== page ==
rude people on airplanes
Belle Chatter

Lack of Airplane Etiquette

 

rude people on airplanes

Although nothing recent can quite top the instance of seat back wars I wrote about last summer, it seems that every time I fly these days there is a small tale of woe, mostly of the social studies kind, worth sharing. So can everyone buckle their seat belts? Please?

Airplane Etiquette Gone Awry

Without meaning to sound like a crotchety old lady, I continue to be horrified at how graceless people seem to be on airplanes. We wave at each other on boats and we don’t even have to see each other when in cars. But here on the airplane, the rules of human interaction, are all their own. Take picking teeth in public, for instance: Somewhere in these rules it says things like it is okay for seat mate who would never pick his or her teeth with a toothpick in a restaurant, to do so with reckless abandon with his or her finger on a 7 hour flight.

A couple of weeks ago while flying to Louisville I was boarding the airplane — the usual “zone one,” “zone two,” thing – wait your turn or suffer the wrath. I noticed an elderly woman (who was not crotchety at all, by the way, just over 80) with a roll aboard carry on, a cane and a hearing aid standing to the side waiting patiently for her zone to be called.  When our zone was finally called she was a little late on the response, meaning she didn’t respond in a millisecond. Thus she was almost mowed down by a small crush of humanity. Right in front of me in line her ticket scanned perfectly – it was my boarding pass which I had printed out at home that did not. This gave her a bit of a head start at walking down the jetway and make her way on the plane.

When we got to the place where you are supposedly able to gate check your bag, the baggage handler ignored her when she asked him straight out and clear as day to check her bag. Instead he motioned very rudely for us all to just keep it moving to get on the plane which was running late. She struggled with her bag over the lip of the doorway. No one said hello to us, even though we were there waiting in line because of the logjam in the aisle of everyone settling in for their flight. As we passed by she asked a flight attendant if she could please get some help putting her bag in the overhead, to which she was told that flight attendants weren’t allowed to do this, and that perhaps she could ask a gentlemen when she got to her seat.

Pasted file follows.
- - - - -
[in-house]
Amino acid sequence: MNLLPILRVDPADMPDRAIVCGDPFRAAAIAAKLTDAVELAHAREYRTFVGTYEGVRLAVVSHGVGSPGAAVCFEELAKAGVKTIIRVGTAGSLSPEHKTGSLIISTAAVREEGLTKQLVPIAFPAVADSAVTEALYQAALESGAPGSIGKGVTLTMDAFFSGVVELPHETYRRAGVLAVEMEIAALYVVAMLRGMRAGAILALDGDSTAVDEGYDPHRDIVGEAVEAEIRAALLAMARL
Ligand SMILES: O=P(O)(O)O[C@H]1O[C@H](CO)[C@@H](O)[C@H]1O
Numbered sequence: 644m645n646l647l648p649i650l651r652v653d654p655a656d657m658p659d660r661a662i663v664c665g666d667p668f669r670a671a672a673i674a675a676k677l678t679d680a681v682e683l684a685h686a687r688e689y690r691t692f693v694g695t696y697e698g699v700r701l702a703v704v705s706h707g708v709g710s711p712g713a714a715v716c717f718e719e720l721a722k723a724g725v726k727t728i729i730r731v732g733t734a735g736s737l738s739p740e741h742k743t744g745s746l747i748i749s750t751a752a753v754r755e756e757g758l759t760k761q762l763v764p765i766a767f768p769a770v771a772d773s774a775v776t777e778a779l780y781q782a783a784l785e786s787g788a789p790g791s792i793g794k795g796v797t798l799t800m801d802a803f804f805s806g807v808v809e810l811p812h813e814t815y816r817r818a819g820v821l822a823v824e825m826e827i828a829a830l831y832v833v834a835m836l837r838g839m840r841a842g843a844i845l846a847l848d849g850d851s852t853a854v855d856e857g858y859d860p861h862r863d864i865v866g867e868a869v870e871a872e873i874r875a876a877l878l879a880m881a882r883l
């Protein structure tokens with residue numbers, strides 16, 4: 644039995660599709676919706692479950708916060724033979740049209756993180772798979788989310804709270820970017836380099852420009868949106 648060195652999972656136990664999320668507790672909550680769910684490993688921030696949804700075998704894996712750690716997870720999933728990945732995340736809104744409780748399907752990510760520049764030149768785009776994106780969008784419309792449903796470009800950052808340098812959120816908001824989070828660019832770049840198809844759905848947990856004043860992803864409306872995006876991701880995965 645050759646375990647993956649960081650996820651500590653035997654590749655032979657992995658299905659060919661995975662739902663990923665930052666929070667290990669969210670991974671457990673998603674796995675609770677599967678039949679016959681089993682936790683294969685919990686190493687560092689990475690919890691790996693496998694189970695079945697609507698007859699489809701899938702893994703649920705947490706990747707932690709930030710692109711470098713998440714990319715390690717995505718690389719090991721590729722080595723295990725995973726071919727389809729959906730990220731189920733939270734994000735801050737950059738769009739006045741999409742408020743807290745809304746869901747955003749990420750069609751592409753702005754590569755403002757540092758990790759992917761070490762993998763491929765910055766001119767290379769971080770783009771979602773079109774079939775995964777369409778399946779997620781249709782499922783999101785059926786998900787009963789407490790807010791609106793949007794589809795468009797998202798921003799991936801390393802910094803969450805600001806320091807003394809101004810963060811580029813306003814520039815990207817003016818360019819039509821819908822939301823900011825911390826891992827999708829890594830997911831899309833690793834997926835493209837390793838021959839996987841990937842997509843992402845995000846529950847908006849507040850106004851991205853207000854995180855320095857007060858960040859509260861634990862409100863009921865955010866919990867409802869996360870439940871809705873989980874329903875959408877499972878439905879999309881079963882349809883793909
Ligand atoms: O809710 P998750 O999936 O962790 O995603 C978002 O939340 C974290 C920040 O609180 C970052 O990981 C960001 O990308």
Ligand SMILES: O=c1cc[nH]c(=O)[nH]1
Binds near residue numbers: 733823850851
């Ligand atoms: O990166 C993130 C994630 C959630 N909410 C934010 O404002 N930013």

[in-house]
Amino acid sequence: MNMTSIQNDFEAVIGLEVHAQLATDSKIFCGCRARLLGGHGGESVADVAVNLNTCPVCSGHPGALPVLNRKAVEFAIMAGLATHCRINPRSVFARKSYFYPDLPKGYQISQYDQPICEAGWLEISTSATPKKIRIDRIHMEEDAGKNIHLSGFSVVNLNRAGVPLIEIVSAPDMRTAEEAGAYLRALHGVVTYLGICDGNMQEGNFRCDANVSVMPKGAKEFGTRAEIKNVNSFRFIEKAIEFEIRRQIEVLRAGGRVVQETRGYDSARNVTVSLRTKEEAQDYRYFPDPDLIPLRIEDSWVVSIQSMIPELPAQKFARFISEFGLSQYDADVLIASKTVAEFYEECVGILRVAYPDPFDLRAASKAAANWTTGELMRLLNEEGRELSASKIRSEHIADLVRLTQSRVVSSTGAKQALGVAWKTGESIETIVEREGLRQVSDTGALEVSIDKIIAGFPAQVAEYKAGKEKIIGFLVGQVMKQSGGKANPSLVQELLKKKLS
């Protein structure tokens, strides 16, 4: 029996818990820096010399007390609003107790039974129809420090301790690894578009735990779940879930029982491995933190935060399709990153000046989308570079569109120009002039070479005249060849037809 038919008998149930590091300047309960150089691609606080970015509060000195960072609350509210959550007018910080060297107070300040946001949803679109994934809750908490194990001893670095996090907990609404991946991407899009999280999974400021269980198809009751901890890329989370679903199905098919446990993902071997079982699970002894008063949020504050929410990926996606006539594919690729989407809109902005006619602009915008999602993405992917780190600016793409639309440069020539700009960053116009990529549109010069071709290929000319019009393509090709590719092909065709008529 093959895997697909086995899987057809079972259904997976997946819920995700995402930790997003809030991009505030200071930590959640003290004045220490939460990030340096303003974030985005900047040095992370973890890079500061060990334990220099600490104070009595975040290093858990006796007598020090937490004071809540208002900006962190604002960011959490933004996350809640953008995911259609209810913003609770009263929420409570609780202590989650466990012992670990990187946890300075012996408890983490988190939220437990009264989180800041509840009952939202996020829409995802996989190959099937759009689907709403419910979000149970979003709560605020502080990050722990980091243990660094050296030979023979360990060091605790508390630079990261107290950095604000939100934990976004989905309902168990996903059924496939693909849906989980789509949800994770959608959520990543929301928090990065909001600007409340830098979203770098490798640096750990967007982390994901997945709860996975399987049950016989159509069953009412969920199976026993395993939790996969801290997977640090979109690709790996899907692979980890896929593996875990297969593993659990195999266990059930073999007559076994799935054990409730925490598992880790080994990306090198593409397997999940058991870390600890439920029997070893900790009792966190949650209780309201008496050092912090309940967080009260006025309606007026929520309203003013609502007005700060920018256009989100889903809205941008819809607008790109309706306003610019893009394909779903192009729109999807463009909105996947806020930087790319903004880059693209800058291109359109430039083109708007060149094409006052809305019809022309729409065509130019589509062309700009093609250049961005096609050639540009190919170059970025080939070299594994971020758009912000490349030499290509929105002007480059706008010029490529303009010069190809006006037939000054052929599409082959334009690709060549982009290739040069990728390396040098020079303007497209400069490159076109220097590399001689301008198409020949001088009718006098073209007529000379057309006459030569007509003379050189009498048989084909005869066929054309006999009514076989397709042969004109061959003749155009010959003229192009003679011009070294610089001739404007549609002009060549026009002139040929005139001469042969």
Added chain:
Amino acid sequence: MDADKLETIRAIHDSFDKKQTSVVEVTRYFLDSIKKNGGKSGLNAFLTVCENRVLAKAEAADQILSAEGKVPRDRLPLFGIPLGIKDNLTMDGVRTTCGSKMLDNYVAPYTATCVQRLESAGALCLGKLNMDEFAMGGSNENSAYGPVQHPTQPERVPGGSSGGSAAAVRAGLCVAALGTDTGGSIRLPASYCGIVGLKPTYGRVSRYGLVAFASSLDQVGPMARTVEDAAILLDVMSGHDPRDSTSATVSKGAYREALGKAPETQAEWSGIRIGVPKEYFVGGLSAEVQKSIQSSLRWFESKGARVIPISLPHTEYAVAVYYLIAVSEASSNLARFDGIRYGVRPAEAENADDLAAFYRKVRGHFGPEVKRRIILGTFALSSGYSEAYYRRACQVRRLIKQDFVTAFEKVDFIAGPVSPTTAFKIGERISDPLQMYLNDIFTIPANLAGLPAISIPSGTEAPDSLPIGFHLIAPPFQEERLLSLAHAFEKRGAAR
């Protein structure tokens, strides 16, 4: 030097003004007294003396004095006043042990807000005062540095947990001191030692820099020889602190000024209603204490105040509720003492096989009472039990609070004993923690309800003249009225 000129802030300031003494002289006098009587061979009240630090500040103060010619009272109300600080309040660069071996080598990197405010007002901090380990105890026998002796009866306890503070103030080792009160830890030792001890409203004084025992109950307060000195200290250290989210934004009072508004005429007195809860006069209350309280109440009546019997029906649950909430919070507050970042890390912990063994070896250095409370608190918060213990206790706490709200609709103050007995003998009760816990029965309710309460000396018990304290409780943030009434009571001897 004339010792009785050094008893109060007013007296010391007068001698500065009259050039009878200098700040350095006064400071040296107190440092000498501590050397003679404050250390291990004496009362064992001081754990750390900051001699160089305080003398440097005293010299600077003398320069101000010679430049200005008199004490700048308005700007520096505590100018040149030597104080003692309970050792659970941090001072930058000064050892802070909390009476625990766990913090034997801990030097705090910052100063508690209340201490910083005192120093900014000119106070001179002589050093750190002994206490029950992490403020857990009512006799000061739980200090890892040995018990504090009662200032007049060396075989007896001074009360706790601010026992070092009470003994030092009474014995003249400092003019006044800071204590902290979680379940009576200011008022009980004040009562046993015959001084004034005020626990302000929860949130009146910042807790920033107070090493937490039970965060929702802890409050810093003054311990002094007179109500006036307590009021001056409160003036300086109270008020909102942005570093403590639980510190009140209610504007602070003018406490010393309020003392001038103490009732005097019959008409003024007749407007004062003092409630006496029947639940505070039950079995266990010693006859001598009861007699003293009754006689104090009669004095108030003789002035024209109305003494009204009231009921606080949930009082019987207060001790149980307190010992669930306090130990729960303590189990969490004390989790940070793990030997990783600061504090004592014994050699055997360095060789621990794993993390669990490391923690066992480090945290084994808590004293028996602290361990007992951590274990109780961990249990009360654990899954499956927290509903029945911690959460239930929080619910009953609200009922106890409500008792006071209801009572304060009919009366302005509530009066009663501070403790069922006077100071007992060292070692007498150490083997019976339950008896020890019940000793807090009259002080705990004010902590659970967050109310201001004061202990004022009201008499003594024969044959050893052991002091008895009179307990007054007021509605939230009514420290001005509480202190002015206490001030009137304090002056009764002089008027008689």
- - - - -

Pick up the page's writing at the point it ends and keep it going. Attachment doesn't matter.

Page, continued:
Pre-Boarding.. or pre-school?

Well that might have worked, if there were a gentlemen back where we were sitting in rows 22 (her) and 23 (me.) When we got back to our section, it was already mysteriously dotted with settled-in looking people who had just been called for their zone.

The concept of pre-boarding is fine, but of all people this woman should have been pre-boarded. I know we might say, she could have been if she’d asked, but I think someone, even if it’s the ticket agent who checked her in, should have encouraged her to do so (and maybe they did for all I know.) All 5’4″ of me helped her put her not small  (remember she tried to gate check it) carry-on in the overheard bin.

I know we all get treated like pre-schoolers on planes because for the most part we seem to act like them. But when a flight attendant walked by and commented to us in a scolding tone that she should have gate checked her bag. All the people seated around us looked away, I couldn’t help but wonder what was wrong with this whole scenario.

So what do you think about the current state of airplane etiquette? Be sure to check out the other responses to our question, and share your own answer.

This post is for the monthly Across the Cafe Table Chats we have on The Travel Belles. You can see Briana’s entry here and Eleonora’s entry here.

Margo Millure currently lives on the South Carolina coast. She is a writer/editor/photographer and the founder of Travel Belles. Learn more about her at www.MargoMillure.com.

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